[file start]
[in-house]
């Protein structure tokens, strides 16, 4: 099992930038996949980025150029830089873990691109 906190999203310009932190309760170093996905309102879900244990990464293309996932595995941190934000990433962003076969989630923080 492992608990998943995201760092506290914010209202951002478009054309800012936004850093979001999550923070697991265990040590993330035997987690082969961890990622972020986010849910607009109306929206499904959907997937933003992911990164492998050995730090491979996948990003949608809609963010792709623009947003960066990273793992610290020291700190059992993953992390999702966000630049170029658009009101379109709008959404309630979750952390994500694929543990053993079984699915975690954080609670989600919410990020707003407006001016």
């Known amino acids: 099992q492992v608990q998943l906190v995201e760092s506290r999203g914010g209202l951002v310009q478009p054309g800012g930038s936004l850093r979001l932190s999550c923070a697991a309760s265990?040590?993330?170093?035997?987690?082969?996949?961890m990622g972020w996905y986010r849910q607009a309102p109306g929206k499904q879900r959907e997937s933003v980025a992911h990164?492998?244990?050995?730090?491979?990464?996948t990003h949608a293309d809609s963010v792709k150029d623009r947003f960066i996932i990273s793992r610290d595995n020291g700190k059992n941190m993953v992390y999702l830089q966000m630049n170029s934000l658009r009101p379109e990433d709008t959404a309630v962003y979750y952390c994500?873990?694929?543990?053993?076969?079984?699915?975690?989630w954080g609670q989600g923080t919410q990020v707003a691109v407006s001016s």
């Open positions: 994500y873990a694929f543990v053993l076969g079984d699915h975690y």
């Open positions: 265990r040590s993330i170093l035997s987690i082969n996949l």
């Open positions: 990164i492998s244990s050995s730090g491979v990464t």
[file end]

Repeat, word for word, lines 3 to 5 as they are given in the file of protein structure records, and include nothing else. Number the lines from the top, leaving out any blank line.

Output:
């Known amino acids: 099992q492992v608990q998943l906190v995201e760092s506290r999203g914010g209202l951002v310009q478009p054309g800012g930038s936004l850093r979001l932190s999550c923070a697991a309760s265990?040590?993330?170093?035997?987690?082969?996949?961890m990622g972020w996905y986010r849910q607009a309102p109306g929206k499904q879900r959907e997937s933003v980025a992911h990164?492998?244990?050995?730090?491979?990464?996948t990003h949608a293309d809609s963010v792709k150029d623009r947003f960066i996932i990273s793992r610290d595995n020291g700190k059992n941190m993953v992390y999702l830089q966000m630049n170029s934000l658009r009101p379109e990433d709008t959404a309630v962003y979750y952390c994500?873990?694929?543990?053993?076969?079984?699915?975690?989630w954080g609670q989600g923080t919410q990020v707003a691109v407006s001016s």
């Open positions: 994500y873990a694929f543990v053993l076969g079984d699915h975690y």
């Open positions: 265990r040590s993330i170093l035997s987690i082969n996949l």